In a country where gender inequality takes the form of a public health problem as femicide and gender-based violence, women’s empowerment and participation have become a priority in the agenda of both NGOs and government’s institutions. Femicide numbers escalated as high as 47 from only January to July of 2013, reporting a 2% increase from those rates registered in 2012, according to the organization Catholic Women for the Right to Decide – one of the few NGOs in the country that has taken to document violence against women. Gender-based violence and femicide as the most visible and tragic consequences of gender inequality in Nicaragua have offered the urgency to take action on the government’s side.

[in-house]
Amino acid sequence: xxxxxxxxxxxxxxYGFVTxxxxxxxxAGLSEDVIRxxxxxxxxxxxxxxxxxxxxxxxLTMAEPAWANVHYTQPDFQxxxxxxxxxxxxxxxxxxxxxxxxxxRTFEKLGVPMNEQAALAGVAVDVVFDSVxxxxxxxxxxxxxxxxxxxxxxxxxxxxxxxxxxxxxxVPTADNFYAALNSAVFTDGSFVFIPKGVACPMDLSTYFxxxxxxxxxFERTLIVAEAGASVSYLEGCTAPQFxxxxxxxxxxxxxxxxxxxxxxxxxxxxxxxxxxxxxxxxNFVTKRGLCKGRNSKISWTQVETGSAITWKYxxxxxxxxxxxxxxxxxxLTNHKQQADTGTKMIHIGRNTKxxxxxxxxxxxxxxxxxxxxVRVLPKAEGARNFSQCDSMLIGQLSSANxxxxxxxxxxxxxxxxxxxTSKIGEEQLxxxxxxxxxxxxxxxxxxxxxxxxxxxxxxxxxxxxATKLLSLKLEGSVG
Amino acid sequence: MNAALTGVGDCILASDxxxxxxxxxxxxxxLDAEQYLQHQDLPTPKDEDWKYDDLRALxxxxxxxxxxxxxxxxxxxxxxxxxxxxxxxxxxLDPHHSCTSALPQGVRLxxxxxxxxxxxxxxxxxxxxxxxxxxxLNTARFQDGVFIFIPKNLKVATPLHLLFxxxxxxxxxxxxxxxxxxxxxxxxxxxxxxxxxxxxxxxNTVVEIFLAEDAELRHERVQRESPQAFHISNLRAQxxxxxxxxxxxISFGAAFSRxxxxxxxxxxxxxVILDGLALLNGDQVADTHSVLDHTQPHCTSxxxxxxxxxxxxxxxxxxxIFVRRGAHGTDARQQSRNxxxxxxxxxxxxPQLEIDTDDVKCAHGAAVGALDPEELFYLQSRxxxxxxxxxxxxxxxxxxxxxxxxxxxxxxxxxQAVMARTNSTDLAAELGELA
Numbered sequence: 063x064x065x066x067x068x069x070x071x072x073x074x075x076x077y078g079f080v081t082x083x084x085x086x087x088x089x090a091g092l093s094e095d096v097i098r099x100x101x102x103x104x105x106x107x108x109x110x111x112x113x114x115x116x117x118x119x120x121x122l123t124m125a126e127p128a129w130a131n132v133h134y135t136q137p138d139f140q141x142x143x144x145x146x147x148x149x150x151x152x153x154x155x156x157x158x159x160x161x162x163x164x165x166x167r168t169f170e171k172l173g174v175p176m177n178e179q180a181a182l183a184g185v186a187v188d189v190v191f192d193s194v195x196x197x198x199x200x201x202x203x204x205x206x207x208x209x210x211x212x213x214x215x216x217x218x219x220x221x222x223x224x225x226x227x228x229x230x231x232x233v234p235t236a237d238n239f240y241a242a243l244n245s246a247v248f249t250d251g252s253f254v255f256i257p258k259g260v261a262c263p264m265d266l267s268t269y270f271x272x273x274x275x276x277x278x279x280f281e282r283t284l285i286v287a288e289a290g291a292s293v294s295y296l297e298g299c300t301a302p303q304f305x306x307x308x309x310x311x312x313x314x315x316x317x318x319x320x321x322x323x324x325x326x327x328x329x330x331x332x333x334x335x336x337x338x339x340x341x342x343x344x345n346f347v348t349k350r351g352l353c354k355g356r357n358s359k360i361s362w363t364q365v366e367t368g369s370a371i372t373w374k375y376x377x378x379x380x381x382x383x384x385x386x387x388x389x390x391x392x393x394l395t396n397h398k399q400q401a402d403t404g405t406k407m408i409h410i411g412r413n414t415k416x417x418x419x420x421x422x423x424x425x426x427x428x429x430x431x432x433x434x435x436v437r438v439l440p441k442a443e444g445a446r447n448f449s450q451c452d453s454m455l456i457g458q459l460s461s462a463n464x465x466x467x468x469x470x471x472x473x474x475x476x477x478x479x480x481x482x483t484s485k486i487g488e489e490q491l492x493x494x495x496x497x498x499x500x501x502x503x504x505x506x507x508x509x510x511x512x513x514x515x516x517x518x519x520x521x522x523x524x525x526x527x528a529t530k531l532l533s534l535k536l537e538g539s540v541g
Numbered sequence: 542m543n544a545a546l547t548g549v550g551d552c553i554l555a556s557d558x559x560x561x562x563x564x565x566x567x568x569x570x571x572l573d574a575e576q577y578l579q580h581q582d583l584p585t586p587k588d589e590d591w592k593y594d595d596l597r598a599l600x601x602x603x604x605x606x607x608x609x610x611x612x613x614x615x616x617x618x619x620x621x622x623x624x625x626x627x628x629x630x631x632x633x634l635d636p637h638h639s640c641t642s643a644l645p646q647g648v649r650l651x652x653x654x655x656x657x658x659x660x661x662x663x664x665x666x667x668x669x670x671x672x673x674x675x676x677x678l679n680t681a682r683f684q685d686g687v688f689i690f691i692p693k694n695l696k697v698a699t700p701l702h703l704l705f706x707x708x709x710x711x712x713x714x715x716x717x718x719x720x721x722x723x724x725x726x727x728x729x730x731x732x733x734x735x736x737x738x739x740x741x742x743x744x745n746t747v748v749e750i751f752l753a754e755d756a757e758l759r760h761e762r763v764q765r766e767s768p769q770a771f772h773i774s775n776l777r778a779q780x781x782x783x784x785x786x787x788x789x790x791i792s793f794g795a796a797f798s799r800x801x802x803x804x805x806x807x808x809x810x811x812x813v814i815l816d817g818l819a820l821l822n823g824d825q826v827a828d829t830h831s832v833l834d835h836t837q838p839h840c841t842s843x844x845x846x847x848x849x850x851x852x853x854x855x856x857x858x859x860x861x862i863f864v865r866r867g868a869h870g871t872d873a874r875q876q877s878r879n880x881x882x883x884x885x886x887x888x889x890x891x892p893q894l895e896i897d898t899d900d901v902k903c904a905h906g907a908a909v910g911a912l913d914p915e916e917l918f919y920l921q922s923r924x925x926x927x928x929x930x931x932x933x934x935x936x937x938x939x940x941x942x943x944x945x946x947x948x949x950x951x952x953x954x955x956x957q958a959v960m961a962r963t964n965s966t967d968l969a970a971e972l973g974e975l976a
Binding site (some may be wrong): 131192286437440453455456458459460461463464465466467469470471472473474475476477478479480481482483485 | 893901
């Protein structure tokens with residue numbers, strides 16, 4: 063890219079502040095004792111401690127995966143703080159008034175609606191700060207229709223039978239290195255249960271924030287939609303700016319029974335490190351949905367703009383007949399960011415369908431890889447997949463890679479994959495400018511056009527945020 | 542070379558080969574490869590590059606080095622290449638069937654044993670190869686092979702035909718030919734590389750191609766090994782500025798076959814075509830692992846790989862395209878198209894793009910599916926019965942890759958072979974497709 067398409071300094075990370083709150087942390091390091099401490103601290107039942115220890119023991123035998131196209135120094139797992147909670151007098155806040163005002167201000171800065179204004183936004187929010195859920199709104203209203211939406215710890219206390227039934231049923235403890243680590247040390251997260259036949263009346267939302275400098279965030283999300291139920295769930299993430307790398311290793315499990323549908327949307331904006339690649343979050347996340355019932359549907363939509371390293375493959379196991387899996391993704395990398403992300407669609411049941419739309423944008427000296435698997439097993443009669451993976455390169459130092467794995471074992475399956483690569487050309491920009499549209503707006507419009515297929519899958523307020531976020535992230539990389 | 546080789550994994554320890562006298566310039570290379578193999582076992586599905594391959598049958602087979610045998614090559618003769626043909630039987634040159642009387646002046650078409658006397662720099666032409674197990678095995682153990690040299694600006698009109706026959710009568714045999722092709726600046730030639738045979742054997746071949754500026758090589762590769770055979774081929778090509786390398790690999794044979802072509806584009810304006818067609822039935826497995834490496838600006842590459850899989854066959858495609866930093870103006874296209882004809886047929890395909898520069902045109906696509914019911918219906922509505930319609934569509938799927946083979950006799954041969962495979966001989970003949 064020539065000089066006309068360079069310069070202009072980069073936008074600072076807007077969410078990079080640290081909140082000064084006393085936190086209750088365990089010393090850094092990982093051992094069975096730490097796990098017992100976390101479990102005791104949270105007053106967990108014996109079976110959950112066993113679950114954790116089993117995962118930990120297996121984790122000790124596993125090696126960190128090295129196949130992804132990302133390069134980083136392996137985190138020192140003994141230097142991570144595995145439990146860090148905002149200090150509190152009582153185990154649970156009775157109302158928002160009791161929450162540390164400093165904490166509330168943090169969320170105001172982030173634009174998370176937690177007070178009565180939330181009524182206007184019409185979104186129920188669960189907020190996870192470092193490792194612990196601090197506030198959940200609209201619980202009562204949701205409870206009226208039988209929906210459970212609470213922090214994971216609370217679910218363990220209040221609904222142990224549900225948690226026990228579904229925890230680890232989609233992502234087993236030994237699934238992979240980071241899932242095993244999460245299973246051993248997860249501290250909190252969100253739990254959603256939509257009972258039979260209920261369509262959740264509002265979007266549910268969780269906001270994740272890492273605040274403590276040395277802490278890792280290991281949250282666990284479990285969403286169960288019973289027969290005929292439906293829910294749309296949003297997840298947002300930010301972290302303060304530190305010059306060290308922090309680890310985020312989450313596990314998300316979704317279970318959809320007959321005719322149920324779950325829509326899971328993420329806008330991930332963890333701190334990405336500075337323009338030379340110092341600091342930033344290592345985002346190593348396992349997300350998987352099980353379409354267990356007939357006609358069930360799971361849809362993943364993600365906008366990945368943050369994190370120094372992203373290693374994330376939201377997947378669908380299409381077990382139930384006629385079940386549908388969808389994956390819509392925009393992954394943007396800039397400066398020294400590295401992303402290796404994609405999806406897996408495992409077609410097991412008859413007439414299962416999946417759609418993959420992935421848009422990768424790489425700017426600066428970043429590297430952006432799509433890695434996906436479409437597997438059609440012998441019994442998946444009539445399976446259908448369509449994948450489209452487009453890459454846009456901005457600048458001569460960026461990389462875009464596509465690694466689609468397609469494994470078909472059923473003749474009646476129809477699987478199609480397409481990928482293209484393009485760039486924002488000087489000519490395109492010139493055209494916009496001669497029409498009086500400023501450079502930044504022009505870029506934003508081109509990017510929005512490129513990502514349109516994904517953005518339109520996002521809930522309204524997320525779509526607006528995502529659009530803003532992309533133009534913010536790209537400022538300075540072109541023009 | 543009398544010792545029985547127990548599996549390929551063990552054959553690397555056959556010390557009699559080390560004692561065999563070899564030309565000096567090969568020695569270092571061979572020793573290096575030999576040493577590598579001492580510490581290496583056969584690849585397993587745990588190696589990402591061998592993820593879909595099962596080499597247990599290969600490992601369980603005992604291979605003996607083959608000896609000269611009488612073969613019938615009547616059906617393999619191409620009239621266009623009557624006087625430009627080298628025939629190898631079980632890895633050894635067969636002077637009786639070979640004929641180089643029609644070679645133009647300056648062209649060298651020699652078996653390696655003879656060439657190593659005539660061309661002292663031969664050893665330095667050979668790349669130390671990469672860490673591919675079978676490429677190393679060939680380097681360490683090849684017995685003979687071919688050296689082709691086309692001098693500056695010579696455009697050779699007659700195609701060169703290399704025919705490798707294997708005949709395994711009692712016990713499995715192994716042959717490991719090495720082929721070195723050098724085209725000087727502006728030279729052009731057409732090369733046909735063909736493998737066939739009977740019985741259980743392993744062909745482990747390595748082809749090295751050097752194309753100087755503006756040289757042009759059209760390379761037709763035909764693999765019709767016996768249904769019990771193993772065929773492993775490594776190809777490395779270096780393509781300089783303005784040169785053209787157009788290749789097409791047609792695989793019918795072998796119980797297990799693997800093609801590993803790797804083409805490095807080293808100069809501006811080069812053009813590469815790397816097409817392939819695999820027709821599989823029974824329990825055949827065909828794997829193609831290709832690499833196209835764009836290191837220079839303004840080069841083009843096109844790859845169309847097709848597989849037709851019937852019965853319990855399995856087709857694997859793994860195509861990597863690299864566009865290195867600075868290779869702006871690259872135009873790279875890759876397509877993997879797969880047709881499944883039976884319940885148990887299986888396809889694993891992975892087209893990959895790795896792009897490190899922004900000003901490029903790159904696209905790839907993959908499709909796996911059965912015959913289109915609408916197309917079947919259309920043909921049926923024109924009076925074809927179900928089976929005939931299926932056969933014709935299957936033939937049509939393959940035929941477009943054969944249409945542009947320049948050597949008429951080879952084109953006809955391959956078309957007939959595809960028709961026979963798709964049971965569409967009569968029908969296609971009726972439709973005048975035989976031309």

One of the most recent and decisive actions was the approval of law 779. The law was designed to protect women against any form of violence, including domestic, professional, psychological, physical, and economic, sanctioning more harshly aggression in the private sphere or the household with sentences of one to 14 years. Femicide, as the most extreme form of gender-based violence, sentences 25 to 30 years of prison. The law was approved in 2012, and has recently been subject to reform in spite of the loud protests of NGOs and women’s groups across the country. Mediation, as opposed to immediate prosecution, is the new processing dictate for offenders; the measure, according to records from Catholic Women for the Right to Decide, lead to the death of 58 women in 2012. Within the law, a whole administrative strategy is described in detail, highlighting the role of health and legal institutions in simplifying processes, and a judge specifically assigned to cases of women who are victims of violence.